Dr Gijs Walraven joined the Aga Khan Development Network in 2003, where he is now the Aga Khan Development Network Director for Health and General Manager of the Aga Khan Health Services (AKHS). He is also Honorary Professor in Community Health Sciences at the Aga Khan University. For 15 years, he worked in Africa in healthcare provision, management and research, with a major emphasis on district health systems. Dr Walraven has published widely in international peer-reviewed journals. He is also the author of Health and Poverty: Global health problems and solutions (Routledge, London), which received first prize in the category “health and social care” in the 2011 British Medical Association Annual Book Awards.
Dr Walraven has been on several occasions technical advisor to the World Health Organization, and he co-chaired the global expert committee on recommendations for optimising health workers’ roles to improve access to key maternal and new-born health through task shifting. He is the co-chair of the AKDN COVID-19 Global Task Force (GTF), and a member of its governance Steering Committee.
Non-communicable diseases were ascendant in Central and South Asia, the Middle East and East Africa, where AKHS works. Then COVID-19 happened. How has the pandemic changed perceptions of the health burden in developing countries?
Because COVID-19 is an infectious disease, people often think that our focus on non-communicable diseases (NCDs) has become less intense. But the contrary is true. In fact, underlying conditions brought on by NCDs have led to a rise in the death toll from COVID-19. The majority of those who have died from COVID-19 had an underlying NCD, such as obesity, cardiovascular disease, diabetes, chronic lung disease or cancer. Nearly three-quarters of all deaths around the world are caused by NCDs, so the urgency of the problem was only further highlighted by COVID-19.
In fact, at the World Health Organization (WHO), Dr Tedros Adhanom Ghebreyesus, the WHO Director-General, has said that “the COVID-19 pandemic has highlighted the full danger of noncommunicable diseases – and signalled the urgent need for stronger public health policies and investment to prevent them”. In the work of AKHS, and as part of the COVID-19 response, we have increased our health promotion and disease prevention activities to address risk factors for NCDs, as well as augmented our efforts to diagnose and treat disease early.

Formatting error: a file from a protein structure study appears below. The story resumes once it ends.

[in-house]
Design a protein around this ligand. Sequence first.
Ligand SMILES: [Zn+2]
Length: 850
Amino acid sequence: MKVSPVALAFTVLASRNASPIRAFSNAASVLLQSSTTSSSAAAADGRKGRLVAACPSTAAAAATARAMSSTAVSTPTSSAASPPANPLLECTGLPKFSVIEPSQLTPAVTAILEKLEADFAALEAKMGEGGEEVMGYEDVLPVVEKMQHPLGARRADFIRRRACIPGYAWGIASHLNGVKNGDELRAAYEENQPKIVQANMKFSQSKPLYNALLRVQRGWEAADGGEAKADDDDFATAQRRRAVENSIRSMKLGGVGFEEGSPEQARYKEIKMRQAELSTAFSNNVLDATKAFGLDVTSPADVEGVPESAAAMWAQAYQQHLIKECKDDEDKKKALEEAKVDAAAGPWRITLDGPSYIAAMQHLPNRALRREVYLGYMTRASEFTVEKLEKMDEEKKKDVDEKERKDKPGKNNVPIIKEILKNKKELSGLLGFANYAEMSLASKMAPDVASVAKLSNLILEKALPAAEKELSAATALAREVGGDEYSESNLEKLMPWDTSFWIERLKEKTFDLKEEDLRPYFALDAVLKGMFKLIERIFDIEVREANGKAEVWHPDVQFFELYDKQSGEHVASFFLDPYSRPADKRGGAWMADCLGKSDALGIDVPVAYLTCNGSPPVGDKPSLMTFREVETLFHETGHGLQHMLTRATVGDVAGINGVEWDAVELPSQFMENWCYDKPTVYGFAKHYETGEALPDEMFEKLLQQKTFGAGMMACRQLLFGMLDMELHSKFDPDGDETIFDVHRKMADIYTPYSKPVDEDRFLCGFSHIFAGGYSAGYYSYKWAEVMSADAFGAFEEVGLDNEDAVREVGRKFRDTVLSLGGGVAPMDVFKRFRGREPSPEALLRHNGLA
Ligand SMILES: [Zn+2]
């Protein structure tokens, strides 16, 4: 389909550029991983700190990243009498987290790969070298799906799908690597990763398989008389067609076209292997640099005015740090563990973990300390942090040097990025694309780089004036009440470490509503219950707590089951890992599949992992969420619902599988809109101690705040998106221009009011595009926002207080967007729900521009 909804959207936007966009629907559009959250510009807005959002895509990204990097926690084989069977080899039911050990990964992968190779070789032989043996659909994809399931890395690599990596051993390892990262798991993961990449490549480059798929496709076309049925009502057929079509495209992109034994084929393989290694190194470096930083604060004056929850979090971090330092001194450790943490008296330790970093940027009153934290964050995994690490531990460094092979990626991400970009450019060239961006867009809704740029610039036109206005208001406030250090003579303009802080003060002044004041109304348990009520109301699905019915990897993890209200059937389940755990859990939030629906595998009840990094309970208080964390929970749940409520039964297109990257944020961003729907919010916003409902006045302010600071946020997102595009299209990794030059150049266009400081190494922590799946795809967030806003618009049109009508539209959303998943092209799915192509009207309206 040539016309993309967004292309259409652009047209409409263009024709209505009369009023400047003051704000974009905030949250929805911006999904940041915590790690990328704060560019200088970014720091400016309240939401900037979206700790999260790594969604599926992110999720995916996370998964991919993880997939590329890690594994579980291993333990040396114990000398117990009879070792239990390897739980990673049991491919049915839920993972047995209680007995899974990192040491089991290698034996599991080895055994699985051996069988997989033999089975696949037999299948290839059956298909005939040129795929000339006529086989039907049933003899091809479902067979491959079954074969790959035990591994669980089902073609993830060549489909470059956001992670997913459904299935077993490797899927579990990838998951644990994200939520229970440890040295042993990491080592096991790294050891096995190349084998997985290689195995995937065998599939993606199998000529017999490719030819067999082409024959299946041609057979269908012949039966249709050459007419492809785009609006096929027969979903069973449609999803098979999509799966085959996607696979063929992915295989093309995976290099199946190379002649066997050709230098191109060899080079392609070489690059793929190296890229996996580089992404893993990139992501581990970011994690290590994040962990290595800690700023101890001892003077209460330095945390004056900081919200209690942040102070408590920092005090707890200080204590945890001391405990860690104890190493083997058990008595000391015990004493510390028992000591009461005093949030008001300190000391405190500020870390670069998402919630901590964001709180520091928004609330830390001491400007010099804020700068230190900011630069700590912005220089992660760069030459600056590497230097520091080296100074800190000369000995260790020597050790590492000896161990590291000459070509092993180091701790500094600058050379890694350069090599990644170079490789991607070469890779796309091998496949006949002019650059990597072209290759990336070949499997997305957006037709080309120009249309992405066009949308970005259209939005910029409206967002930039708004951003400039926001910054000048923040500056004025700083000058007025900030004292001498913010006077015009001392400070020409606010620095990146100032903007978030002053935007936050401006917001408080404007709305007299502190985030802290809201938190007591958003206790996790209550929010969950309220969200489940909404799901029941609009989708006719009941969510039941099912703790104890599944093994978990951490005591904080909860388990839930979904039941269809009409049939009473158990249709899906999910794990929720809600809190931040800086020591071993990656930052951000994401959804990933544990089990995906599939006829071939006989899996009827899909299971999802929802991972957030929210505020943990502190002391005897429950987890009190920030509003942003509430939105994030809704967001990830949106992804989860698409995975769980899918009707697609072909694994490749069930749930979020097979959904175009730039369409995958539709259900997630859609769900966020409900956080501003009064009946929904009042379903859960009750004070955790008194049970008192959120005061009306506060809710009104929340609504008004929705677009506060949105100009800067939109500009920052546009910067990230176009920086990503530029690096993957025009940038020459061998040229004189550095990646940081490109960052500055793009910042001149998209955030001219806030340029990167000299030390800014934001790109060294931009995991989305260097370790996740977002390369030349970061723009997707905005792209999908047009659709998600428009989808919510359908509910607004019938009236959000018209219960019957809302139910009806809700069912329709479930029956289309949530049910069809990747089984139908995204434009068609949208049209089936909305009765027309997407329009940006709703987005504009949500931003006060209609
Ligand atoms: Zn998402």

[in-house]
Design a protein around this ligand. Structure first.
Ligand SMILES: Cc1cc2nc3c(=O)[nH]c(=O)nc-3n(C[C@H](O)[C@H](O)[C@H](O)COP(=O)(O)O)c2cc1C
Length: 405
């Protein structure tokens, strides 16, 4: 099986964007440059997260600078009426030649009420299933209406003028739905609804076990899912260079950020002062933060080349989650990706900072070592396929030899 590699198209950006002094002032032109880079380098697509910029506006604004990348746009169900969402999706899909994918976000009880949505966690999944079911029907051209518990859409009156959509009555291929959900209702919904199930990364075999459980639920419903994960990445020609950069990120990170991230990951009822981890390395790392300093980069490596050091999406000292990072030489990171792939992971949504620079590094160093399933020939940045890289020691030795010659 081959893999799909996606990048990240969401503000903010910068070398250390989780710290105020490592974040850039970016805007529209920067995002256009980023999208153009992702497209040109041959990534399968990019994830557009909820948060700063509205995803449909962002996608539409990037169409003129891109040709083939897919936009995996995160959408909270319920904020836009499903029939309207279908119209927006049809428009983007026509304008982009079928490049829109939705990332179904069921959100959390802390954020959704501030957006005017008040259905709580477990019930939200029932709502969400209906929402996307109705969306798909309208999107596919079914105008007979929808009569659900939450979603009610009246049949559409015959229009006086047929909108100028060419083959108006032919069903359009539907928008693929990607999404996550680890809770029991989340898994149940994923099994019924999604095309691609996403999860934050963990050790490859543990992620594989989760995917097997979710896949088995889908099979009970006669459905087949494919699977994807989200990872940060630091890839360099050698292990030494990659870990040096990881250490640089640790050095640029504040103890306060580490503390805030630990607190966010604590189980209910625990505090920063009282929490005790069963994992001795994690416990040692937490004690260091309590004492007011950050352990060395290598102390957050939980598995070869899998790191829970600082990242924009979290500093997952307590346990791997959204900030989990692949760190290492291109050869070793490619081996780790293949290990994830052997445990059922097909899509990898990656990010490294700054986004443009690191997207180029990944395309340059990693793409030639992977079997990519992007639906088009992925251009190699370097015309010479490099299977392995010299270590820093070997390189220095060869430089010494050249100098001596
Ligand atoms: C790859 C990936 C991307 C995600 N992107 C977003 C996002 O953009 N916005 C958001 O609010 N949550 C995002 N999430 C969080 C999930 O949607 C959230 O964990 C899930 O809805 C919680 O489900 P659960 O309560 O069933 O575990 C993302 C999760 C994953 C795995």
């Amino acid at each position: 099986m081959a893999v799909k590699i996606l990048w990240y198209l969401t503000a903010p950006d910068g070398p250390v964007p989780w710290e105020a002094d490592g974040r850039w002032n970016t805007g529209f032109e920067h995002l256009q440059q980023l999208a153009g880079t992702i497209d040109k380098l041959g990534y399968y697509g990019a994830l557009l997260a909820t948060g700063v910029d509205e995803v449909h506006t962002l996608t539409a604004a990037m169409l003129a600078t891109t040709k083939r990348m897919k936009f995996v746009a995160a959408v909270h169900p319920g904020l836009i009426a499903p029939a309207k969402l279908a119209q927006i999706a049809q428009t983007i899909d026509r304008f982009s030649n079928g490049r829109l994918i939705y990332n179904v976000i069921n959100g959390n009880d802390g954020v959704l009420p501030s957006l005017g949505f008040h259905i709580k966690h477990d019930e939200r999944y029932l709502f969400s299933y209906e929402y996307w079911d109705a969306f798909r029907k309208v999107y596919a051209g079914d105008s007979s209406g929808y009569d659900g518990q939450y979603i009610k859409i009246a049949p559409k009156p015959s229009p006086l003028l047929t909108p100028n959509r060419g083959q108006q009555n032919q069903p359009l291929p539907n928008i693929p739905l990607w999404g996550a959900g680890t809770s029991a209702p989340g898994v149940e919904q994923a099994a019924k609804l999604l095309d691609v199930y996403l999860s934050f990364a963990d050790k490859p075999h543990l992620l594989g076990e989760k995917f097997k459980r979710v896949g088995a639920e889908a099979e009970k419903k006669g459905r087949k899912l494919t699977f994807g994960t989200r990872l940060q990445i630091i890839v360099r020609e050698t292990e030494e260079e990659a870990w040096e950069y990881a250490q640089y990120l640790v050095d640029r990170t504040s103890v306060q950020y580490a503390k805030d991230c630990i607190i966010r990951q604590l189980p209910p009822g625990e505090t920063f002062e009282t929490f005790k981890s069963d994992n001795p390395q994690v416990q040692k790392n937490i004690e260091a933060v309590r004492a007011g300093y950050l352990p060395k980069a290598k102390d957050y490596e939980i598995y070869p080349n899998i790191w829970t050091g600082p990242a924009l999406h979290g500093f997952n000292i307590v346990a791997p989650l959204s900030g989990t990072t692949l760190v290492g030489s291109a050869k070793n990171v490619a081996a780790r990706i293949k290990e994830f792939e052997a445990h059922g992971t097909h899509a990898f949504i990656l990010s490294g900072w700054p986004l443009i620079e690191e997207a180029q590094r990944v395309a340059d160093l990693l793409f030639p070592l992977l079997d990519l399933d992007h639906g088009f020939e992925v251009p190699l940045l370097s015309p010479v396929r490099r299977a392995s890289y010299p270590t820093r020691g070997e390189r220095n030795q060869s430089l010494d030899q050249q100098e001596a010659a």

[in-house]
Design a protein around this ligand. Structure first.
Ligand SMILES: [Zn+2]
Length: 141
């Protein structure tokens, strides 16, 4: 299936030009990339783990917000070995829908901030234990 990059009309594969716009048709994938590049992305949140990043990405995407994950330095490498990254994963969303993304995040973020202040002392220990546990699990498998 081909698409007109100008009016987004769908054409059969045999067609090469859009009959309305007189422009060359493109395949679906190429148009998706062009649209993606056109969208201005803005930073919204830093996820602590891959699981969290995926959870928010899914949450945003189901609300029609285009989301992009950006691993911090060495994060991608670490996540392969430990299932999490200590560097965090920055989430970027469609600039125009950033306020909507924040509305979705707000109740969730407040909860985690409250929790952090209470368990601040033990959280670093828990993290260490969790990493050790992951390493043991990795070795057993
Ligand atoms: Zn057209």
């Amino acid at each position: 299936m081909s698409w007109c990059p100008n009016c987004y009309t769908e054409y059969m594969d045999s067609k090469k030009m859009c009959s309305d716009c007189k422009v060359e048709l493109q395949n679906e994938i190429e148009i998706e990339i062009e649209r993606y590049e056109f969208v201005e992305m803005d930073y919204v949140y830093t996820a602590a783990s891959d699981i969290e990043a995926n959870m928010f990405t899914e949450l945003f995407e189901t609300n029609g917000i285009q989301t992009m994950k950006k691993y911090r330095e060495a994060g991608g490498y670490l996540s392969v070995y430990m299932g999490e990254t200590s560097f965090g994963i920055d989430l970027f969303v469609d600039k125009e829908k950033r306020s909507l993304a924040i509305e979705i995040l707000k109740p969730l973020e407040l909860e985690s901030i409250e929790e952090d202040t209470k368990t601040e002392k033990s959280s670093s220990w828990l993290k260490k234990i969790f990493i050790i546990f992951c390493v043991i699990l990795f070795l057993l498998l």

How has AKDN responded during the pandemic? Can you speak about the Global Task Force and your role?
We began by tracking the pandemic in early 2020. The Aga Khan Health Services (AKHS), the Aga Khan University (AKU) and the Aga Khan Foundation (AKF) engaged with Ministries of Health to develop country- as well as area-specific COVID-19 preparedness plans. The priority was to bolster government and AKDN’s diagnostic and care capacities and secure much needed supplies and test kits.
By mid-March of 2020, an AKDN COVID-19 Global Task Force (GTF) was set up to mount a robust response to the pandemic across all agencies and the Imamat, and to make use of global learning.
The AKDN response ranged from frontline health workers testing suspected cases and treating mild and moderately ill patients, construction of additional temporary health facilities and increasing the capacity to treat severe and critical cases, to advising national authorities on their country’s response and preparedness.
The AKDN COVID-19 GTF adopted three pillars for its work: slow and stop transmission, prevent outbreaks, delay and suppress the spread (or “flatten the curve”); provide optimised care for all patients, especially for the severely and critically ill; and minimise impact on communities, the vulnerable, social services and economic activity.
In Pillar 1, the immediate work included increasing public awareness of COVID-19 and taking key actions to prevent its spread, such as deploying government messaging through all available platforms, identifying and filling gaps in messaging and materials, and launching campaigns to improve awareness about physical distancing. Guiding community actions to protect those most at risk of severe illness, such as the elderly and people with underlying conditions, was particularly important. Given the geographies where AKDN works, much of the focus of the campaigns was reaching communities and individuals who were offline or lived in hard-to-reach places.
When it became clear that the uncertainty, fear and stress of a pandemic required scaling up psychosocial support and mental health awareness, AKDN agencies also responded with several initiatives. They encompassed campaigns to improve individual and community knowledge of danger signs, referral systems and healthcare providers.
The immediate work in Pillar 2 included strengthening containment measures in areas with active cases and scaling up availability of testing. Supporting government initiatives around tracing as well as scaling up and ensuring access to testing locations evolved to include identifying more sustainable testing approaches, constructing rapid response centres, increasing intensive care capacity including through digital health, strengthening the capacity for safe medical waste management and disposal, and refining surveillance of transmission by leveraging data.